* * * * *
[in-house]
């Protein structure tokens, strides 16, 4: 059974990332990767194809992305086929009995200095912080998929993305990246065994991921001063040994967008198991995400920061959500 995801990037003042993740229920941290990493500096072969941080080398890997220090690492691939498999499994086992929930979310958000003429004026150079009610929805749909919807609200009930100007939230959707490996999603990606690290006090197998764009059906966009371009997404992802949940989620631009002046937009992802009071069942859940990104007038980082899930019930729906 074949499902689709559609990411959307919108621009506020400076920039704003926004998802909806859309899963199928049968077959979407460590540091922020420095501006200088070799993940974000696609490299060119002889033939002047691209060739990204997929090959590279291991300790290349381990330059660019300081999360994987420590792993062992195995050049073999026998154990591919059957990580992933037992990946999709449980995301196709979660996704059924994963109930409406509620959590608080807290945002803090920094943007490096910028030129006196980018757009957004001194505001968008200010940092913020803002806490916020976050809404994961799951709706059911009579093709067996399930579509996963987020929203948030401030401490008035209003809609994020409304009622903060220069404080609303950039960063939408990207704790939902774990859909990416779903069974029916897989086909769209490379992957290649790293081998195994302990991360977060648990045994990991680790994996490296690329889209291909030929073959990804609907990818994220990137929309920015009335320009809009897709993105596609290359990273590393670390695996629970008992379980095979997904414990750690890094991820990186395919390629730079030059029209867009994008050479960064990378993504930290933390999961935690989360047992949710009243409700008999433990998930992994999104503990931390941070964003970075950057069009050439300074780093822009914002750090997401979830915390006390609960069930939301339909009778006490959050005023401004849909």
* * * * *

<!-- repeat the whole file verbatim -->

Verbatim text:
[in-house]
């Protein structure tokens, strides 16, 4: 059974990332990767194809992305086929009995200095912080998929993305990246065994991921001063040994967008198991995400920061959500 995801990037003042993740229920941290990493500096072969941080080398890997220090690492691939498999499994086992929930979310958000003429004026150079009610929805749909919807609200009930100007939230959707490996999603990606690290006090197998764009059906966009371009997404992802949940989620631009002046937009992802009071069942859940990104007038980082899930019930729906 074949499902689709559609990411959307919108621009506020400076920039704003926004998802909806859309899963199928049968077959979407460590540091922020420095501006200088070799993940974000696609490299060119002889033939002047691209060739990204997929090959590279291991300790290349381990330059660019300081999360994987420590792993062992195995050049073999026998154990591919059957990580992933037992990946999709449980995301196709979660996704059924994963109930409406509620959590608080807290945002803090920094943007490096910028030129006196980018757009957004001194505001968008200010940092913020803002806490916020976050809404994961799951709706059911009579093709067996399930579509996963987020929203948030401030401490008035209003809609994020409304009622903060220069404080609303950039960063939408990207704790939902774990859909990416779903069974029916897989086909769209490379992957290649790293081998195994302990991360977060648990045994990991680790994996490296690329889209291909030929073959990804609907990818994220990137929309920015009335320009809009897709993105596609290359990273590393670390695996629970008992379980095979997904414990750690890094991820990186395919390629730079030059029209867009994008050479960064990378993504930290933390999961935690989360047992949710009243409700008999433990998930992994999104503990931390941070964003970075950057069009050439300074780093822009914002750090997401979830915390006390609960069930939301339909009778006490959050005023401004849909």